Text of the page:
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Reference
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Referenced by
Citing PatentFiling datePublication dateApplicantTitle
US8209585 *Dec 11, 2008Jun 26, 2012Samsung Electronics Co., LtdApparatus and method for generating low density parity check codes for sequential decoding algorithm
US20090158116 *Dec 11, 2008Jun 18, 2009Samsung Electronics Co. Ltd.Apparatus and method for generating low density parity check codes for sequential decoding algorithm
Classifications
U.S. Classification714/800, 714/758, 714/752
International ClassificationH03M13/00
Cooperative ClassificationH03M13/118, H03M13/6331, H03M13/1168, H03M13/2957, H03M13/1111
European ClassificationH03M13/11L1D, H03M13/63E, H03M13/11L3T, H03M13/11L3E7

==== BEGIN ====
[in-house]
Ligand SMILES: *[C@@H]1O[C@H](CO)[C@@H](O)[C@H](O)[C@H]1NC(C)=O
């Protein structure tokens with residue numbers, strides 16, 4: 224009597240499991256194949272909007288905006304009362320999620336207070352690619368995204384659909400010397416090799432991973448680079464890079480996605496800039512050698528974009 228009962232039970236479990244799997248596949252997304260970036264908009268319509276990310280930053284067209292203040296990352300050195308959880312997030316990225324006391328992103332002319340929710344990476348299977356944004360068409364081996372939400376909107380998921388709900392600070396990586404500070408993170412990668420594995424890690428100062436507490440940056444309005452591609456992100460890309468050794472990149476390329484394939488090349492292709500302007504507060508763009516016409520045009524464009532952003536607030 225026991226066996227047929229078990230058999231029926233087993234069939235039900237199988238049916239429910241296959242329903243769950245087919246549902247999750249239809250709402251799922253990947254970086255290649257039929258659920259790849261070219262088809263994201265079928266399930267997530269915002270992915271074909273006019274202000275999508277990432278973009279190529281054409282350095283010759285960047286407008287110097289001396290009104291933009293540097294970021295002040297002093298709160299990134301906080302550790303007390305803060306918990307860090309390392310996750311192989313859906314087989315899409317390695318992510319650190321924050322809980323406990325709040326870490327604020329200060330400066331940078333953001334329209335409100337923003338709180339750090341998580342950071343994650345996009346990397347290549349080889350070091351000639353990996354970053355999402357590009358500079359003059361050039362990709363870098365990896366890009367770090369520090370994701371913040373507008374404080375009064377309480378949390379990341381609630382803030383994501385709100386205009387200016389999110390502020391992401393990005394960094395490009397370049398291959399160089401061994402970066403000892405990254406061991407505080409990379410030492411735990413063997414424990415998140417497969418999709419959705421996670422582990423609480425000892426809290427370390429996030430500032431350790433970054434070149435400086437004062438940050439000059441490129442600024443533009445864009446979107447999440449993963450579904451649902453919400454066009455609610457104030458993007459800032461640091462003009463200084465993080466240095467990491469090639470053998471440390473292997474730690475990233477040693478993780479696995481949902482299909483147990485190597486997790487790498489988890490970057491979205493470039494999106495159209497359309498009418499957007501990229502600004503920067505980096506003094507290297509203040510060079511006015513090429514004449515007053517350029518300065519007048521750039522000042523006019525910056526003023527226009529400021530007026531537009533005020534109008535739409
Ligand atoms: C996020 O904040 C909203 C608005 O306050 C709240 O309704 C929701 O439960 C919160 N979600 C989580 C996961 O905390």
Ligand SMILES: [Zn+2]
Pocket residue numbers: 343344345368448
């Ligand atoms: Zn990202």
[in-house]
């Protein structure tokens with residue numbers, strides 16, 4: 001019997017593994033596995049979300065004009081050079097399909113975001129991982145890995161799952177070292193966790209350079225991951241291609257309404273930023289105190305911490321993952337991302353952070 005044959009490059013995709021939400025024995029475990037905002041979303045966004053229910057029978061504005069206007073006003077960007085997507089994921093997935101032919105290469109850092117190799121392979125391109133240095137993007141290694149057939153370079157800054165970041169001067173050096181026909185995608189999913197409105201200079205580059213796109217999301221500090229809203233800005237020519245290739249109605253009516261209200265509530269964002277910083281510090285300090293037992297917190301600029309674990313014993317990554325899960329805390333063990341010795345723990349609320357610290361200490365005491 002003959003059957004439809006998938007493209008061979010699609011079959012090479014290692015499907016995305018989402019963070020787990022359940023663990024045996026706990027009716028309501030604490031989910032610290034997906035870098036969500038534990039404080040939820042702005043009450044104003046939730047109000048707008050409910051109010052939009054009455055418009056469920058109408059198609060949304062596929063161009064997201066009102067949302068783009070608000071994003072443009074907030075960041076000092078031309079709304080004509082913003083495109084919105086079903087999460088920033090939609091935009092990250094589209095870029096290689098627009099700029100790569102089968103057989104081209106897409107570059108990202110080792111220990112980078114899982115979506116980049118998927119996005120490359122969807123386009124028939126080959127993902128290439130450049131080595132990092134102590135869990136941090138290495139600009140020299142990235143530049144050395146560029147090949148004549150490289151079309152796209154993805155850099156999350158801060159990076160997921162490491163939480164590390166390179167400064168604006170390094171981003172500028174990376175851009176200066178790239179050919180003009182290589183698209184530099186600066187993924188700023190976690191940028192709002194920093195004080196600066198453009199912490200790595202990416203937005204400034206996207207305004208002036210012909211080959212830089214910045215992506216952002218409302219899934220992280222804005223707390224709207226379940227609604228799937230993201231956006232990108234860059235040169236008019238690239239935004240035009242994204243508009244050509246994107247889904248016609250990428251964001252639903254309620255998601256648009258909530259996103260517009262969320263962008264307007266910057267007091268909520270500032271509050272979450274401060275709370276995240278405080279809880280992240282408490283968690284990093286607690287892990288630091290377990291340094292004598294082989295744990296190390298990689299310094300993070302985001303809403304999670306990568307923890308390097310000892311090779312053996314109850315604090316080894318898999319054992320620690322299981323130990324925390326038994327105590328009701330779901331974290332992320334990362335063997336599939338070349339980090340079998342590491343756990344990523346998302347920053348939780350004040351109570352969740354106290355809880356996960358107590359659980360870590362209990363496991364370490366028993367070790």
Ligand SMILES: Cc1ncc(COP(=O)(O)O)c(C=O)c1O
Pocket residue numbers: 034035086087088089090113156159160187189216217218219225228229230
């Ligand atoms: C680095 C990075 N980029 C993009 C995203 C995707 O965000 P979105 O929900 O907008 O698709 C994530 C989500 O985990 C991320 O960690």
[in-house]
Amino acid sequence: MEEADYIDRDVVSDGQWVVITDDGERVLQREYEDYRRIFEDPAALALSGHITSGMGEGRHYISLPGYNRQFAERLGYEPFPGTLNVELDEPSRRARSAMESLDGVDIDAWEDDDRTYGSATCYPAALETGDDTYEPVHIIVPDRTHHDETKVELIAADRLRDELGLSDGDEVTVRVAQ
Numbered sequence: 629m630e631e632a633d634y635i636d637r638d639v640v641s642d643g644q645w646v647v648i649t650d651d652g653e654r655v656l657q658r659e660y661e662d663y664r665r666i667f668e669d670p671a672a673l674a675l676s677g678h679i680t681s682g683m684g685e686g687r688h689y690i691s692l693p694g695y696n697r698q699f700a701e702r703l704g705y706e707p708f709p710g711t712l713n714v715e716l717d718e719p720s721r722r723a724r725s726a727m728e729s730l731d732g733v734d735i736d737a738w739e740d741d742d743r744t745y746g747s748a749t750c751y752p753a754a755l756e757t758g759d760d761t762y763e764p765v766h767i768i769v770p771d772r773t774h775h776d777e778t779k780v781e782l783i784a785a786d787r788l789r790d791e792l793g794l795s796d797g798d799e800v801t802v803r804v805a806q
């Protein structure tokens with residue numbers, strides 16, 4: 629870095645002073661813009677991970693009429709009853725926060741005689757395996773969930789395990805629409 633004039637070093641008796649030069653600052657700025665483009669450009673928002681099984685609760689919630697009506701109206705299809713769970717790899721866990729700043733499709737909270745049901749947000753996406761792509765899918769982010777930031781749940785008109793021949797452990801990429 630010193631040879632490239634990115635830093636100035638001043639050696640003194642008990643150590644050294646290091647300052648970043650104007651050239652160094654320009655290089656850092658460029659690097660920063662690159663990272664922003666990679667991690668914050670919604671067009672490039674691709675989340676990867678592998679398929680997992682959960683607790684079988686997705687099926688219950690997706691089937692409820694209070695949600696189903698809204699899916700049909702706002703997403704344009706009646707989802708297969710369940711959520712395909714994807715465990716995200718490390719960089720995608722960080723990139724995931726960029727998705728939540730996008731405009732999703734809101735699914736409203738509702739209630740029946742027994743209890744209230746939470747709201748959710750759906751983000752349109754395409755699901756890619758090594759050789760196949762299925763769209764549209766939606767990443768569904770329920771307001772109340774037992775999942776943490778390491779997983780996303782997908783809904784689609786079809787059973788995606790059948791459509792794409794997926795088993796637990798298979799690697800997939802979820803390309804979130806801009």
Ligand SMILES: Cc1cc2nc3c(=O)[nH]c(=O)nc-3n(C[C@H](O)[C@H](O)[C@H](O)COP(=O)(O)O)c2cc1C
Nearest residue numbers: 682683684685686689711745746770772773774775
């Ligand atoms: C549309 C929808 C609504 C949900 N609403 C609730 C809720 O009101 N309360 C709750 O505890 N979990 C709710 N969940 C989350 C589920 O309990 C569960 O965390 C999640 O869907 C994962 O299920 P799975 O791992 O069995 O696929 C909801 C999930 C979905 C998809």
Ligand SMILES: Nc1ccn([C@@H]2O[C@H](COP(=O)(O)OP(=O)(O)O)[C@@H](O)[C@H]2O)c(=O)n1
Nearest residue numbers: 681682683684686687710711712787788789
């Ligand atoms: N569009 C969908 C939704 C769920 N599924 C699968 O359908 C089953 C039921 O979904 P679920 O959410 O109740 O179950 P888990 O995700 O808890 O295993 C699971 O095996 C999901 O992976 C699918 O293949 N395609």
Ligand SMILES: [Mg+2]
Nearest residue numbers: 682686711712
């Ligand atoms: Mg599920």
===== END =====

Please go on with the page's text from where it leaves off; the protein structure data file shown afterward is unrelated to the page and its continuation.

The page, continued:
Legal Events
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Effective date: 20120329
Owner name: WELLS FARGO CAPITAL FINANCE, LLC, AS AGENT, CALIFO
Owner name: ADVANCED DIGITAL INFORMATION CORPORATION, WASHINGT
Owner name: CERTANCE, LLC, WASHINGTON
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Owner name: CERTANCE HOLDINGS CORPORATION, WASHINGTON
Owner name: QUANTUM CORPORATION, WASHINGTON
Owner name: QUANTUM INTERNATIONAL, INC., WASHINGTON
Owner name: CERTANCE (US) HOLDINGS, INC., WASHINGTON
Aug 30, 2011CCCertificate of correction
Jul 26, 2007ASAssignment
Owner name: CREDIT SUISSE, NEW YORK
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Effective date: 20070712
Owner name: CREDIT SUISSE,NEW YORK
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Free format text: SECURITY AGREEMENT;ASSIGNORS:QUANTUM CORPORATION;ADVANCED DIGITAL INFORMATION CORPORATION;CERTANCE HOLDINGS CORPORATION AND OTHERS;US-ASSIGNMENT DATABASE UPDATED:20100420;REEL/FRAME:19605/159
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May 1, 2007ASAssignment
Owner name: QUANTUM CORPORATION, CALIFORNIA
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Effective date: 20070320